On 24 July 2013, Liverpool City Council unanimously adopted this proposal:
Liverpool and South Africa
Council recognises the contribution of seamen, building workers, trade unionists, Christian Churches and other progressive forces from Liverpool in the fight against apartheid in South Africa.
In particular Council applauds the bravery of our citizens who risked life and liberty to work underground for the African National Congress in South Africa in the 1960s and 70s, as recorded in the recently published book “London Recruits”.
In recognition of their actions and our city’s active commitment to the fight against injustice, in whatever form, it asks the Cabinet Member for Culture and Tourism to bring forward proposals to erect a commemorative plaque at a suitable location in the city.”
Roger O'Hara made the statement below. He writes:
"Bill and Les McCaig attended the meeting as well as Eric’s son and daughter. The statement I made was very well received and given a long sustained response from all the members."
("Eric" refers to Eric Caddick, who died in December 2012. Unfortunately, there are some errors in Roger's statement; the ship was called Avventura, not Aurora, and Sean Hosey served five years in prison, not nine. Roger's account of the fate of the MK fighters, and their number, may also be incorrect - Ken Keable).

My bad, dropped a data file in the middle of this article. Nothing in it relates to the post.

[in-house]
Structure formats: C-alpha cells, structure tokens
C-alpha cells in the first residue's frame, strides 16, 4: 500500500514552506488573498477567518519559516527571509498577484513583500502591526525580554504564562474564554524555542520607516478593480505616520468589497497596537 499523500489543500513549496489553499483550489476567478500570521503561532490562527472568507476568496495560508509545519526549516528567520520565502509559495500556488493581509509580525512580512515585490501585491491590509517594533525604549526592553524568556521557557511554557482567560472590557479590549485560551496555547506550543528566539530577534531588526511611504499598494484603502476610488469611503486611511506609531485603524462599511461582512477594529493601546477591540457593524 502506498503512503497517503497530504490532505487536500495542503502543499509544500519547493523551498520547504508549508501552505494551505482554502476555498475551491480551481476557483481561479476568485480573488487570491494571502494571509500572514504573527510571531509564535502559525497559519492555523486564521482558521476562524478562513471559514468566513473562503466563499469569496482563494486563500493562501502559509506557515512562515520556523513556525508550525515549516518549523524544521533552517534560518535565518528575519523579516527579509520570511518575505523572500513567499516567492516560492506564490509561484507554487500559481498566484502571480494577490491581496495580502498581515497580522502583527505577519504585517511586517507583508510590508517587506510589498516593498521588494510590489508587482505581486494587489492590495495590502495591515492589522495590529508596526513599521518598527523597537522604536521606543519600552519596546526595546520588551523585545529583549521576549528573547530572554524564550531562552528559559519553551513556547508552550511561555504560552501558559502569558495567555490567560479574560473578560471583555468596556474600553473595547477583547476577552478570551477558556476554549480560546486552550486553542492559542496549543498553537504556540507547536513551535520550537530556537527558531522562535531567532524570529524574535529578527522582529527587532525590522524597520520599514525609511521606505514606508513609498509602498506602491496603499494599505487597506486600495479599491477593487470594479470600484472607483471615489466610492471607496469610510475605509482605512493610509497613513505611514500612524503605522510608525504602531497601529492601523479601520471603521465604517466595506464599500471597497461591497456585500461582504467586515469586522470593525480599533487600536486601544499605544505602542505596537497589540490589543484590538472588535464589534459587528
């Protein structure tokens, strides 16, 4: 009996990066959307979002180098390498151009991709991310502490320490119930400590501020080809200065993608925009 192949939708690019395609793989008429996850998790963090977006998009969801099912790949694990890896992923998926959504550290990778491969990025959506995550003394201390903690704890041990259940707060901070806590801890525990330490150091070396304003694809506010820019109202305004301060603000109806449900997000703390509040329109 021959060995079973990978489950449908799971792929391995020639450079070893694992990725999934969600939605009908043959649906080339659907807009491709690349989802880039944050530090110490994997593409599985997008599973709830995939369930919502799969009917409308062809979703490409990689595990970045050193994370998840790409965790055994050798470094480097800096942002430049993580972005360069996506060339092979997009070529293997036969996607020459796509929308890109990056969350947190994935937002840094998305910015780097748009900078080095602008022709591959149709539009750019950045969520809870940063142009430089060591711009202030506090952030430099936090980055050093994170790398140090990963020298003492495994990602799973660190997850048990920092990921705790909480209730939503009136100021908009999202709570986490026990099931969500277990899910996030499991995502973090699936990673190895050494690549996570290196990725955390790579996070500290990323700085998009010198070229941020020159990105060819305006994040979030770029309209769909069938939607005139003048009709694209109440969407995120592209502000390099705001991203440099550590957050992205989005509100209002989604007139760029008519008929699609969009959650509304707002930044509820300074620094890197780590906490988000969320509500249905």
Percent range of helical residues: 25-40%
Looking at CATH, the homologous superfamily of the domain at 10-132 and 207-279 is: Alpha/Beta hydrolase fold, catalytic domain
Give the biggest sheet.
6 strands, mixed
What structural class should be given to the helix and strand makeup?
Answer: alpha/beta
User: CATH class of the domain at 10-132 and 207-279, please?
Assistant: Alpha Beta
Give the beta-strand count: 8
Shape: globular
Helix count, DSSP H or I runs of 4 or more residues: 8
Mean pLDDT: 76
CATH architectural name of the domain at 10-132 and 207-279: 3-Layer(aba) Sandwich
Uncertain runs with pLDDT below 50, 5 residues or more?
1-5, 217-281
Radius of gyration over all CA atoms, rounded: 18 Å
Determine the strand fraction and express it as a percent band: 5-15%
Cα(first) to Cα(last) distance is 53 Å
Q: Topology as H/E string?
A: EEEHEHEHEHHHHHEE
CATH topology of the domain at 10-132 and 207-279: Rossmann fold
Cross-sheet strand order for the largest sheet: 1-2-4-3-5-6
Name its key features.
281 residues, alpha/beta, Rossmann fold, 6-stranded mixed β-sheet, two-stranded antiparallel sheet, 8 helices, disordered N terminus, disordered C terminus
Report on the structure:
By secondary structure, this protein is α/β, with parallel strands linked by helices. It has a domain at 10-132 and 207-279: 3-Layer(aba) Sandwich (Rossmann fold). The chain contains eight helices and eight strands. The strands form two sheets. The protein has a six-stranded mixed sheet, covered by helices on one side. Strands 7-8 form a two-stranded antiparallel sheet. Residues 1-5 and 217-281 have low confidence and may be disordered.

Statement to Liverpool City Council on the Activities of Some Liverpool Seamen 17-July-2013
By Roger O’Hara
Mr Mayor, Lord Mayor and Councillors can I first of all thank you for supporting the proposal to erect a commemorative plaque to those Liverpool seamen involved in the struggle against the hateful apartheid system and for giving me the honour to address the meeting on the matter.
I would hope this gesture will also be seen as a tribute to all those many others involved in the anti-apartheid campaign, by taking part in the demonstrations, the boycotts of the sporting teams and produce or the shop stewards in the Merseyside car factories and docks who hid the ANC materials in the cars and other cargos destined for South Africa.
Those who were around at the time will recall racism was very much present here and very much more so in the US. It could be said, with confidence, the long anti-apartheid struggle not only helped to end the hated system; it also brought change to people’s attitude on race in general.
Having said that, the stories in the book, London Recruits - the Secret War against Apartheid, tell a unique part of the campaign against the South African Government. They are real experiences, told for the first time, of a group of men and women who put their own freedom in danger to work for the African National Congress.
At that time, black people had no leadership; Mandela and other ANC leaders were in jail. The intention of those ANC members, still free, was to keep the organisation’s aims and name in the minds of the people. The majority of those involved were recruited to transport cases full of ANC literature. They then created small explosive devices that, when detonated, distributed the thousand of leaflets over the heads of the black workers who were standing at bus stations waiting to be transported back to the townships.